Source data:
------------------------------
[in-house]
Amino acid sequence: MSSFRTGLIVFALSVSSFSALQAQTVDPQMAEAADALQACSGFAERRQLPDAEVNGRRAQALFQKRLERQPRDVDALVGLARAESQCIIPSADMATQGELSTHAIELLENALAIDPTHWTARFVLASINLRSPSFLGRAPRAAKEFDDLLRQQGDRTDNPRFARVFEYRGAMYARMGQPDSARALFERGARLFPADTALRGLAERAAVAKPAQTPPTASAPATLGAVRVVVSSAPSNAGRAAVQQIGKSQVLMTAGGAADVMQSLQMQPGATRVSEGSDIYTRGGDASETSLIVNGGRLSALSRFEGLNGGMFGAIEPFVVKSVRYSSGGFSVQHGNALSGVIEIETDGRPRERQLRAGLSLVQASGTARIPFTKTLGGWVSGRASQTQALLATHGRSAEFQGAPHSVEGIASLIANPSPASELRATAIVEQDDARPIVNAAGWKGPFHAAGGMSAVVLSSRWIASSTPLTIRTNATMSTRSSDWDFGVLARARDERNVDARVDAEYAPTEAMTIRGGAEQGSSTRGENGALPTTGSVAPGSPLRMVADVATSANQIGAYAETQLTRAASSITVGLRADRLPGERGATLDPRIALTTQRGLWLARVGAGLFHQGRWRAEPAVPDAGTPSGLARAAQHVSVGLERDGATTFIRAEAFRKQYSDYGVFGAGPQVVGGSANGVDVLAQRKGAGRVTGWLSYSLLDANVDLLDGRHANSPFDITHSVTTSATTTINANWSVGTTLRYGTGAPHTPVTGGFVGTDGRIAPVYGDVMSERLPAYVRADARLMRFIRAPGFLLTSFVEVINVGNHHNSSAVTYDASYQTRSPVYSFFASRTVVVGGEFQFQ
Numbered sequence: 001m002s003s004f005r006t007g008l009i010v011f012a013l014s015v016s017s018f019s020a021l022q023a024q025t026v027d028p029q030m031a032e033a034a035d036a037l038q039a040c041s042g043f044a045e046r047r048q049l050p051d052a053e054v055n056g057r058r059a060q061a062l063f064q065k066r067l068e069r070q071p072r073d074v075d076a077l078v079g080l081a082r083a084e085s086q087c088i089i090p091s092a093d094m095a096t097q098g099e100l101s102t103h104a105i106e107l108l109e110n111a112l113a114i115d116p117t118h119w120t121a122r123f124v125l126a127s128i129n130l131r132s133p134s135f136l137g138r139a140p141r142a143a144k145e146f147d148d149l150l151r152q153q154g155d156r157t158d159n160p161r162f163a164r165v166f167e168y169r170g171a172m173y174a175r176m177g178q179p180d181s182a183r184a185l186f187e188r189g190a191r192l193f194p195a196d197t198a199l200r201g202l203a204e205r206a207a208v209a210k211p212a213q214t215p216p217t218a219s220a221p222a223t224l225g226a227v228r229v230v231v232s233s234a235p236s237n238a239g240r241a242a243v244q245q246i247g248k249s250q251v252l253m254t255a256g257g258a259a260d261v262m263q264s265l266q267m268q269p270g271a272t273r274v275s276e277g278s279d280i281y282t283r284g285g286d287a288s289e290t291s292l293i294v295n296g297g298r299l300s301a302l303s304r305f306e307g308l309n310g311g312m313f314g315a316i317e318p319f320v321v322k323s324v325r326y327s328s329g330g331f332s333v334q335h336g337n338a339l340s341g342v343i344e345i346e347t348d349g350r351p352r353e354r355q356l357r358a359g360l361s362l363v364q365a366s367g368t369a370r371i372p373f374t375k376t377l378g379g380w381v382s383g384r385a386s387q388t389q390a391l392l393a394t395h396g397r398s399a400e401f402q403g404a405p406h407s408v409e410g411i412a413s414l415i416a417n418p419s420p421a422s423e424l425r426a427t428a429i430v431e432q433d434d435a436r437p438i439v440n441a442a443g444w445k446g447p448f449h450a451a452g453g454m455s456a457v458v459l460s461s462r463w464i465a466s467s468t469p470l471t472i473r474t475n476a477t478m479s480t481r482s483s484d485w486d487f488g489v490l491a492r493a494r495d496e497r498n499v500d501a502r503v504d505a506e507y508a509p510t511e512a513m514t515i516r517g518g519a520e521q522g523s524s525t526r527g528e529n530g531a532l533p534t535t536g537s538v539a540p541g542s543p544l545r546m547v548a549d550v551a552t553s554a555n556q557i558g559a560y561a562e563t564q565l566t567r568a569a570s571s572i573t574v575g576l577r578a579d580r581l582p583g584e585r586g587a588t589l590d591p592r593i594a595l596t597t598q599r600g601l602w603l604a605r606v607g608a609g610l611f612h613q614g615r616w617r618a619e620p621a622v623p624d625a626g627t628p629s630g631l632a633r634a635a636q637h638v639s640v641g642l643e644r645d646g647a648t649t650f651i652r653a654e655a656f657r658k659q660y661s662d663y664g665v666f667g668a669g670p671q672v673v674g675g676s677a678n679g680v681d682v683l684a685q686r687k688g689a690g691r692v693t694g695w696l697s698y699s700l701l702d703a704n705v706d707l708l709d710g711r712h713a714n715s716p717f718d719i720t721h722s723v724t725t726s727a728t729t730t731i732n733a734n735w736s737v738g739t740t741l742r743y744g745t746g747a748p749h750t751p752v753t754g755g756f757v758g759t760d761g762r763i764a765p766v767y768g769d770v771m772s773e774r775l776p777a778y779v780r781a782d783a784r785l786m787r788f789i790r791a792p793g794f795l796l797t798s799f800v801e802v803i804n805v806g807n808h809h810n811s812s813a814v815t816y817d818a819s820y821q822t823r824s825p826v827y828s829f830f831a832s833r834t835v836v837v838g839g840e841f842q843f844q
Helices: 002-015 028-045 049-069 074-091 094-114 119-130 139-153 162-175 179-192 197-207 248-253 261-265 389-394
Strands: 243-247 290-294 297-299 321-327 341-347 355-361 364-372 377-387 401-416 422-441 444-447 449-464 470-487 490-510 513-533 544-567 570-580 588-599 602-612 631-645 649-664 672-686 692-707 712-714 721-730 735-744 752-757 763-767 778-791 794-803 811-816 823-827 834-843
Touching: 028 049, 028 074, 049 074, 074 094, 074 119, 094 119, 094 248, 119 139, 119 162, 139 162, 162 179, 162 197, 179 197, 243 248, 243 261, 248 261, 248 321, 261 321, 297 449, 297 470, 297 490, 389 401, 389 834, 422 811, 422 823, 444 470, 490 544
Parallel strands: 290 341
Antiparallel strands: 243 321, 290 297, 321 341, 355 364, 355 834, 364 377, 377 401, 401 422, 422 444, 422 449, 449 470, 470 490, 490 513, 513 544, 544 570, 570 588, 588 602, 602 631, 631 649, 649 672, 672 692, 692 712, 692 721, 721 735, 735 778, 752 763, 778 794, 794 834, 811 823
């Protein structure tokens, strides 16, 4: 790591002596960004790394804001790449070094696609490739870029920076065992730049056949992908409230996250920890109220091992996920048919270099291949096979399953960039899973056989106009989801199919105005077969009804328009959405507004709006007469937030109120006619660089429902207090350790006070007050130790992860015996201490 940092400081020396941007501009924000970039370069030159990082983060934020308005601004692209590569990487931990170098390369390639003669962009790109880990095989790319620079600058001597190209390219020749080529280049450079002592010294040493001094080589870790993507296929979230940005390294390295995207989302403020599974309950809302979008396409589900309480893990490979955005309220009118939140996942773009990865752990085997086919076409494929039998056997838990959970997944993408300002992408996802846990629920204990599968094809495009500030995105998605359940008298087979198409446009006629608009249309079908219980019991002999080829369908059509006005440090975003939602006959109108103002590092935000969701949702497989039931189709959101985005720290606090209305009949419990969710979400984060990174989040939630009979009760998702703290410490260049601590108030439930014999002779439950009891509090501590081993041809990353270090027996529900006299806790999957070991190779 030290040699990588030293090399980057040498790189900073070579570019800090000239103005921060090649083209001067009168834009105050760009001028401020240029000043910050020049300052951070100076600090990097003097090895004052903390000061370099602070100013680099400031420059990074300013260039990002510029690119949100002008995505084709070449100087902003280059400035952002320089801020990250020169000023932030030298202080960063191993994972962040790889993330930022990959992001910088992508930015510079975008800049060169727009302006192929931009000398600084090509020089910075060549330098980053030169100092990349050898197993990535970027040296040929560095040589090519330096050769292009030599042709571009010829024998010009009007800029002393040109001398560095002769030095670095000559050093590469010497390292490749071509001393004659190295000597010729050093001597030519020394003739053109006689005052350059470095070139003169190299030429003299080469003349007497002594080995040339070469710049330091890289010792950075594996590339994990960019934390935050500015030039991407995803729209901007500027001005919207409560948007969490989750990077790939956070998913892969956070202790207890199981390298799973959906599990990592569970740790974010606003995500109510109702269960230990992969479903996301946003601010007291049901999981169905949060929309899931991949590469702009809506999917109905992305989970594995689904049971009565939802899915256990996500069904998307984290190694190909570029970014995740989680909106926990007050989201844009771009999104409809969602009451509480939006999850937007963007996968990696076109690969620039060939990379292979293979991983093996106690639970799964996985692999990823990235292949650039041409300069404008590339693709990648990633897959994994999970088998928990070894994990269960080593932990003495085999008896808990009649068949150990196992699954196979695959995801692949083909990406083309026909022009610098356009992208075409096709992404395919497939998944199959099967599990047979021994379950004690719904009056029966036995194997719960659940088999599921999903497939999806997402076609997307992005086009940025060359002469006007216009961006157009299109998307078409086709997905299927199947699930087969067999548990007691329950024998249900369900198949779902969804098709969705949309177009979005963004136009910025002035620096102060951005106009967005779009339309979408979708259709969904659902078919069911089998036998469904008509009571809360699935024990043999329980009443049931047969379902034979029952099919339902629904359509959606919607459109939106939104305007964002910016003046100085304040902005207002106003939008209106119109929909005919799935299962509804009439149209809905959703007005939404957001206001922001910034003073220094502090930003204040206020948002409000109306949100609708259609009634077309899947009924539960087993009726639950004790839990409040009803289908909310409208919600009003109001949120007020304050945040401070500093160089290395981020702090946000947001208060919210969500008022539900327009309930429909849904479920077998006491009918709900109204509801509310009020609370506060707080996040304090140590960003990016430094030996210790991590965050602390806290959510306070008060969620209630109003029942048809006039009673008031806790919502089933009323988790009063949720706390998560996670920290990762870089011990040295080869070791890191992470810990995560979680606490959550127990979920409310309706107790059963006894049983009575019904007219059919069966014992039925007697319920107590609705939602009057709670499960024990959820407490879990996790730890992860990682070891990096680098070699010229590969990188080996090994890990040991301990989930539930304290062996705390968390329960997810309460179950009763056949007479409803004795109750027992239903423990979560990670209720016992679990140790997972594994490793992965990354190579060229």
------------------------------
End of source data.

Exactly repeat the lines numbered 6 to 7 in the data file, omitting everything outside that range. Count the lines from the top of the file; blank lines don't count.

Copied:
Touching: 028 049, 028 074, 049 074, 074 094, 074 119, 094 119, 094 248, 119 139, 119 162, 139 162, 162 179, 162 197, 179 197, 243 248, 243 261, 248 261, 248 321, 261 321, 297 449, 297 470, 297 490, 389 401, 389 834, 422 811, 422 823, 444 470, 490 544
Parallel strands: 290 341